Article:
Andrew Farnsworth is a Senior Research Associate in the Center for Avian Population Studies at the Cornell Lab of Ornithology. Andrew began birding at age 5 and quickly developed his long-standing fascinations with bird migration. His current research efforts advance the use and application of rapidly expanding technologies to study bird movements across scales including weather surveillance radar, audio and video recording and monitoring tools, citizen science datasets, and machine learning techniques. Andrew received his BS in Natural Resources from Cornell, MS in Zoology from Clemson University, and PhD in Ecology and Evolutionary Biology from Cornell University.
Adriaan Dokter is a Research Associate at the Cornell lab of Ornithology. With a background in physics, his research bridges the disciplines of ecology, computer science, physics, and meteorology, addressing questions about the effects of global change on the distribution and seasonal migration of birds from continental-scale movements of species to fine-scale behavior of individuals flying through the atmosphere. Adriaan uses weather radar networks as well as individual tags to address questions in migration ecology, including when and where birds migrate, when and where birds die within the annual cycle, and how shifting patterns in mortality and recruitment of young birds cause bird abundances to change. He also develops software tools for biologists using weather radar as a tool in their research, including the R-package bioRad for biological analysis of weather radar data. After receiving a Ph.D. at the Institute of Atomic and Molecular Physics in Amsterdam, he studied animal movement during postdoctoral appointments at the Cornell Lab of Ornithology, the Netherlands Institute of Ecology, the University of Amsterdam, and the Netherlands Meteorological Institute.
Kyle is an Assistant Professor at Colorado State University in the Department of Fish, Wildlife, and Conservation Biology. He was a Rose Postdoctoral fellow at the Cornell Lab of Ornithology from 2017-2019. His research, and that of his lab, focuses on the study of bird, bat, and insect migration using a range of tools and approaches, including the use of radar, acoustics, and citizen science data. His work addresses a handful of fundamental questions of migration and its biology, including understanding avian flight strategies, long-term phenological change, population estimates, impacts of artificial light, and migration forecasting. He completed his M.S. with Jeffrey Buler at the University of Delaware and his Ph.D with Jeffrey Kelly at the University of Oklahoma.
Taylor is a User Interface Designer for the Center for Avian Population Studies at the Cornell Lab. As a UI designer, he shapes the development of new features in their earliest design phases, working with developers and project leaders to decide how features should look and behave. He endeavors to make each facet of these interfaces understandable, easy to use, and enjoyable for birders everywhere. Prior to joining this team, he worked as a Web Cartographer for the National Park Service in Denver, Colorado. When not designing for eBird, Taylor likes to spend his time adding to his modest yet ever-growing life list, sharing his love of map-making with others, and enjoying the great outdoors with his wonderful wife and two children.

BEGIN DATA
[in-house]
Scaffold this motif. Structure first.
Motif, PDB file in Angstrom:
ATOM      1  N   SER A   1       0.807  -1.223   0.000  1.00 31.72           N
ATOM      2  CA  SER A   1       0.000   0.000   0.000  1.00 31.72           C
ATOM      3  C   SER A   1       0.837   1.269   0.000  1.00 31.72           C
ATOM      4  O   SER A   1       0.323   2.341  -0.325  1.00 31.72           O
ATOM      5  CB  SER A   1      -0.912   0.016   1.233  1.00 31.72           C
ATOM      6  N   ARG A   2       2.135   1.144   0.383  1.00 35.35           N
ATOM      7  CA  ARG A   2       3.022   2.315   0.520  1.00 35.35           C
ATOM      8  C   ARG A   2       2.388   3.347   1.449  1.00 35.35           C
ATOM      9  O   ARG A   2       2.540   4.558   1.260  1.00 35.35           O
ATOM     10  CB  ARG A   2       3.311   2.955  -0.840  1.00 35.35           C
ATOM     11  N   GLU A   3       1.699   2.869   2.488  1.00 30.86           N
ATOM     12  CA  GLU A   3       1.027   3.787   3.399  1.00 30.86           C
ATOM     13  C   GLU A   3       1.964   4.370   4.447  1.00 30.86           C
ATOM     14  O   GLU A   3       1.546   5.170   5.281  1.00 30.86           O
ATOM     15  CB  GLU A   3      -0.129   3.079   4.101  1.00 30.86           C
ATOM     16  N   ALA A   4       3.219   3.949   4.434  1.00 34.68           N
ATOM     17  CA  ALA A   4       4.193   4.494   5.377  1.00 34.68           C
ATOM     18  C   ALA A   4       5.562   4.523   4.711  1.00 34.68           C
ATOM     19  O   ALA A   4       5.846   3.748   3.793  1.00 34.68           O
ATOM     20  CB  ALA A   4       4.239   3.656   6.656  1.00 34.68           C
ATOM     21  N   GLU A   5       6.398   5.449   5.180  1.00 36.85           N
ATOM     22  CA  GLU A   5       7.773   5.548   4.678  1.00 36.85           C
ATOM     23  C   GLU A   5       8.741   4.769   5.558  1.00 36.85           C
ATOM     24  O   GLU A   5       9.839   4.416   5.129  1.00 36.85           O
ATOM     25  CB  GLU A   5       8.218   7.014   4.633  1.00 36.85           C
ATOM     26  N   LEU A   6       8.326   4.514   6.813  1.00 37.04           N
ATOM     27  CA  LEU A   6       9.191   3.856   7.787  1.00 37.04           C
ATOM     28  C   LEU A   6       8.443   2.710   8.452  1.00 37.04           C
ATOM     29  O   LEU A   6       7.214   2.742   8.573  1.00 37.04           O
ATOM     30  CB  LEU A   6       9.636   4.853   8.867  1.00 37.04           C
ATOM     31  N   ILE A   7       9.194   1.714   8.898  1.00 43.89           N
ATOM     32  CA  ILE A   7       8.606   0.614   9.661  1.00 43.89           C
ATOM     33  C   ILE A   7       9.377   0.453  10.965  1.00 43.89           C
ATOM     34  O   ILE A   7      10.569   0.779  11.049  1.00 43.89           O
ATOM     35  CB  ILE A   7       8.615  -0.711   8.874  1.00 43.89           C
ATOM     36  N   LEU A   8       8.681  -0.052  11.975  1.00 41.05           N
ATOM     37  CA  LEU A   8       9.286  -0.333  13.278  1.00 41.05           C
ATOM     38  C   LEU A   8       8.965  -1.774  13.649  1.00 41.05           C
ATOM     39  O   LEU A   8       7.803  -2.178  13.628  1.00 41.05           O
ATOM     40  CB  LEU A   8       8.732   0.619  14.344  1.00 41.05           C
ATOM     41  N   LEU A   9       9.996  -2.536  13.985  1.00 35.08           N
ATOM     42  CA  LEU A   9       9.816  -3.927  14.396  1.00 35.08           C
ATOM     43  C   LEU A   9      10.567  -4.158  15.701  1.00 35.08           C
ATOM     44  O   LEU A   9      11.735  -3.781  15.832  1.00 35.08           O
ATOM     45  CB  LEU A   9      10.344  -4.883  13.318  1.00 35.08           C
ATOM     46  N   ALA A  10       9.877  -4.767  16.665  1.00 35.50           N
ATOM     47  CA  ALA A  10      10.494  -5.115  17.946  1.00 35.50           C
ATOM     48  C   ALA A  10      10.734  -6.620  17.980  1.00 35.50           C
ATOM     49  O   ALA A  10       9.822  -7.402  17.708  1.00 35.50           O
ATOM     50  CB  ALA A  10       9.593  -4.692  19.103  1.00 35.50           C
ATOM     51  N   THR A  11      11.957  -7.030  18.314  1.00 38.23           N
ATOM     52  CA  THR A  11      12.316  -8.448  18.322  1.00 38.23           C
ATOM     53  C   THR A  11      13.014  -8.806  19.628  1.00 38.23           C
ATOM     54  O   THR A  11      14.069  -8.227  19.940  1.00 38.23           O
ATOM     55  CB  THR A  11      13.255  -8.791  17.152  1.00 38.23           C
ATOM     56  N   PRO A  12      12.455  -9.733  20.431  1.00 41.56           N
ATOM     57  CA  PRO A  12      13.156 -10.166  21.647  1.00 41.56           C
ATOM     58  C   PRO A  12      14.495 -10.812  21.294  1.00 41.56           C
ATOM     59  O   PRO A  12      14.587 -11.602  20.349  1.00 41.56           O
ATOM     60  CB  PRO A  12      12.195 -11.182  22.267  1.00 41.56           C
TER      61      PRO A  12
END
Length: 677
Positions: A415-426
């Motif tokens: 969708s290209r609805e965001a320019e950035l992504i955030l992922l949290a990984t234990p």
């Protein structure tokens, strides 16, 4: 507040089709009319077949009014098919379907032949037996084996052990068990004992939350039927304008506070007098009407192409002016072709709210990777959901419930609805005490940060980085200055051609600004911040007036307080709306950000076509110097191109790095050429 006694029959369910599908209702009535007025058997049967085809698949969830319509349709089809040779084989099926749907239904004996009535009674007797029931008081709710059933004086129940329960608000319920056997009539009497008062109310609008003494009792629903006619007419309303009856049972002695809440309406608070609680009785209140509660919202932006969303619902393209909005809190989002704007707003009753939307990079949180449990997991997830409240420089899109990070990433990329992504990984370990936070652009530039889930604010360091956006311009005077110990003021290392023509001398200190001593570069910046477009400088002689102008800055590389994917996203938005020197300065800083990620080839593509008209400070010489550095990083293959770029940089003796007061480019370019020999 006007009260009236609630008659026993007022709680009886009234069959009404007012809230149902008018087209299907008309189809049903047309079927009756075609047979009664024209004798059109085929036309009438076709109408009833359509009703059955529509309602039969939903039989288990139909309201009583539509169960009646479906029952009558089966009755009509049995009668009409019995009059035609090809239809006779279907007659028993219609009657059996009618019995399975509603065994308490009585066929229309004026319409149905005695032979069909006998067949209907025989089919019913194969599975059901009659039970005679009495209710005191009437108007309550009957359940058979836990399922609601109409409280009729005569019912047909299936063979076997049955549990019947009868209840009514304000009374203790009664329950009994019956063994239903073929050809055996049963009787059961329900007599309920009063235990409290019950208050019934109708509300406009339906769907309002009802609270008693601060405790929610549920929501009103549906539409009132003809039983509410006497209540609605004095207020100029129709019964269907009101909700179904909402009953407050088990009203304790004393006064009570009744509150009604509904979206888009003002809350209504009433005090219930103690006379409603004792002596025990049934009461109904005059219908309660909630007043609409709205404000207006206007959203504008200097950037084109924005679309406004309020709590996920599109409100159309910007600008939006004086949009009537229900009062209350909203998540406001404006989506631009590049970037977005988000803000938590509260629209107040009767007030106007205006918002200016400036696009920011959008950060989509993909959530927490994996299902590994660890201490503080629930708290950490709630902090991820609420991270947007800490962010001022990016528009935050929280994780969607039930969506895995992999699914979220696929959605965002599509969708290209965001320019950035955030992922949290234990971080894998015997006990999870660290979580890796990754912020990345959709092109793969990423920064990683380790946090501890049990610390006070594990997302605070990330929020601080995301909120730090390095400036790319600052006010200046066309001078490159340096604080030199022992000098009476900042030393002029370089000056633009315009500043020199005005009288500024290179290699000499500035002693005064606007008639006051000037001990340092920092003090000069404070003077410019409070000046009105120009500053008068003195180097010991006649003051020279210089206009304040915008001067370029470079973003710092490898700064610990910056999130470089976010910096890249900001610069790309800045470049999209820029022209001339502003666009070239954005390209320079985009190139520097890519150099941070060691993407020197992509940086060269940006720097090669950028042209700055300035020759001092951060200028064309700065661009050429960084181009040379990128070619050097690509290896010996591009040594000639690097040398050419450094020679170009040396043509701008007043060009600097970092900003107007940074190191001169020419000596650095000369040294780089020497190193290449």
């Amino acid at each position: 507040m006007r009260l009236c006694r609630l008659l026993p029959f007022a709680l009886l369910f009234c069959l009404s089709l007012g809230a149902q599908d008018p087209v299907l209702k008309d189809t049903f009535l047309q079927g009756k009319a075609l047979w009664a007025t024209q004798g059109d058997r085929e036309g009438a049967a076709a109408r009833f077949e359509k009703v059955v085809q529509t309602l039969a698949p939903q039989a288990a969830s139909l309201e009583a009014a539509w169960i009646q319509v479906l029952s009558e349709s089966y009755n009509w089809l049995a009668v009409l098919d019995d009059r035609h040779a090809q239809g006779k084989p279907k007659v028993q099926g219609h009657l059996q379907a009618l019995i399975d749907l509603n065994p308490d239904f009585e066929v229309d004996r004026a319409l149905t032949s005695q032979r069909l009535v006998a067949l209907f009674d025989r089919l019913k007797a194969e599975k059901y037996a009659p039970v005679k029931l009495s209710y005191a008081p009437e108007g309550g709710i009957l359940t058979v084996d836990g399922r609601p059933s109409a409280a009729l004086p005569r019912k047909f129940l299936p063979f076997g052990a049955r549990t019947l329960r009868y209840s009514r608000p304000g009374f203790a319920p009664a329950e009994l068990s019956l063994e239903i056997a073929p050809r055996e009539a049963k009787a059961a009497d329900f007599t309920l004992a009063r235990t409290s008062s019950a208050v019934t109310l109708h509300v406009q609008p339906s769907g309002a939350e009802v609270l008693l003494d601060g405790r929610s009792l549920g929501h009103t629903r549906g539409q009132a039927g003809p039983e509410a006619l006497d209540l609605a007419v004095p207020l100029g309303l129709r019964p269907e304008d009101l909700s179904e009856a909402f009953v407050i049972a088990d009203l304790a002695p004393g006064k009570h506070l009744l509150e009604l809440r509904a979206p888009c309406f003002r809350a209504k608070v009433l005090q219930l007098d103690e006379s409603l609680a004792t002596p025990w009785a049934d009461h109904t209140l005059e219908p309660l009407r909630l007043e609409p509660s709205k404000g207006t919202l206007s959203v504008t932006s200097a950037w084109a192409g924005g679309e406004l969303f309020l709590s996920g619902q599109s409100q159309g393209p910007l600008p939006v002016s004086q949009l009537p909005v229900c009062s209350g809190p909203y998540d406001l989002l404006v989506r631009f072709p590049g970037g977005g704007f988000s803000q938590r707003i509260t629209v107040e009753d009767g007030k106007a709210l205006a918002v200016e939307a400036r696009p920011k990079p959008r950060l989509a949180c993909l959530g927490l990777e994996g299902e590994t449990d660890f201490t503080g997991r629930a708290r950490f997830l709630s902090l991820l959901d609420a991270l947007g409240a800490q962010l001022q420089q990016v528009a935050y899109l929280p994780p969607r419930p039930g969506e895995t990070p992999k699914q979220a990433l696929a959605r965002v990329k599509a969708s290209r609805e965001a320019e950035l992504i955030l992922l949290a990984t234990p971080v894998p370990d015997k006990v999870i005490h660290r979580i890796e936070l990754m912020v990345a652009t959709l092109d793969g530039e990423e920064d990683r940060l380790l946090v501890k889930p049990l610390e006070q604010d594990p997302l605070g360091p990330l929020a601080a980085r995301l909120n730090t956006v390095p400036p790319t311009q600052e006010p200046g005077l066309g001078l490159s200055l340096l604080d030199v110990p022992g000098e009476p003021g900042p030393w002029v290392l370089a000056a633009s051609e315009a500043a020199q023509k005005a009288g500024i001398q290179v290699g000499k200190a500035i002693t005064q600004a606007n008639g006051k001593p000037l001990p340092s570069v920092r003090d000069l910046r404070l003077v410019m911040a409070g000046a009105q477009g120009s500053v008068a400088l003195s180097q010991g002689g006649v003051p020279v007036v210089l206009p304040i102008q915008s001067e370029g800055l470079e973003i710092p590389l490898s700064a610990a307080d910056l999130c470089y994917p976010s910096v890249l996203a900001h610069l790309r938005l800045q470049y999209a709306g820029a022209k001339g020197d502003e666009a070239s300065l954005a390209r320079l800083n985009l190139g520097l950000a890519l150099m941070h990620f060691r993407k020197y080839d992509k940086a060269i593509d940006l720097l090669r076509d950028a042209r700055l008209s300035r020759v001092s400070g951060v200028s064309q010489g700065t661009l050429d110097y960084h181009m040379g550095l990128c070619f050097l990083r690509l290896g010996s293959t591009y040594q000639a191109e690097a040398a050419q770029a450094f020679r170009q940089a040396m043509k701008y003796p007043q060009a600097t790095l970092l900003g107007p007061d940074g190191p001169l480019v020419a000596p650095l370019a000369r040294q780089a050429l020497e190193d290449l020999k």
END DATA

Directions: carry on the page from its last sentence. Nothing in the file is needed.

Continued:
Will is a designer for eBird and Merlin and coordinates visual and user interface design across the Center for Avian Population Studies and Macaulay Library. Will has a background in studio art, data visualization, and web development. A late-comer to birding, Will is slowly working on his ID skills and building a life list.
Cecilia Nilsson is a postdoc at the Center for Macroecology, Evolution and Climate, Globe Institute, Københavns Universitet. She is a behavioral ecologist, primarily working with radar aeroecology to study flight behavior and animal migration. She worked with the European migration system during a postdoc at the Swiss Ornithological Institute and, most recently, with the American migration system during a postdoc at Cornell Lab of Ornithology. At CMEC she continues her research using large weather radar networks to understand factors influencing the movements of flying animals at continental scales.
Raphaël is a Postdoc fellow at the Cornell Lab of Ornithology. He is fascinated by the sheer number of birds migrating and their ability to navigate space and maintain perfect timing. He works on modelling and quantifying nocturnal bird migration using weather radar data. Drawing on geostatistical methods, he studies spatio-temporal patterns of bird migration, and, inspired by his background in Hydrology, explores ways to model mass bird migration as a fluid flow, quantifying nightly take-off and landing fluxes of take-off.